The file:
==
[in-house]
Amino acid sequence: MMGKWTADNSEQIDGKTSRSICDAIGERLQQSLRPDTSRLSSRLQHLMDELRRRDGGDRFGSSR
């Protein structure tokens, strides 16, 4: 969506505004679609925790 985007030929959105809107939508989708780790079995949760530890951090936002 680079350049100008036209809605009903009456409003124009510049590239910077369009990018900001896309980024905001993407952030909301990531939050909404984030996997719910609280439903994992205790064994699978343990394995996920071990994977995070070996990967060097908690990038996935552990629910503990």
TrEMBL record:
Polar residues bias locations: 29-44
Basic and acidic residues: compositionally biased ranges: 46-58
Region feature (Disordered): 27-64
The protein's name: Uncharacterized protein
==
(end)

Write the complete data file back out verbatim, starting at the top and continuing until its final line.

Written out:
[in-house]
Amino acid sequence: MMGKWTADNSEQIDGKTSRSICDAIGERLQQSLRPDTSRLSSRLQHLMDELRRRDGGDRFGSSR
């Protein structure tokens, strides 16, 4: 969506505004679609925790 985007030929959105809107939508989708780790079995949760530890951090936002 680079350049100008036209809605009903009456409003124009510049590239910077369009990018900001896309980024905001993407952030909301990531939050909404984030996997719910609280439903994992205790064994699978343990394995996920071990994977995070070996990967060097908690990038996935552990629910503990």
TrEMBL record:
Polar residues bias locations: 29-44
Basic and acidic residues: compositionally biased ranges: 46-58
Region feature (Disordered): 27-64
The protein's name: Uncharacterized protein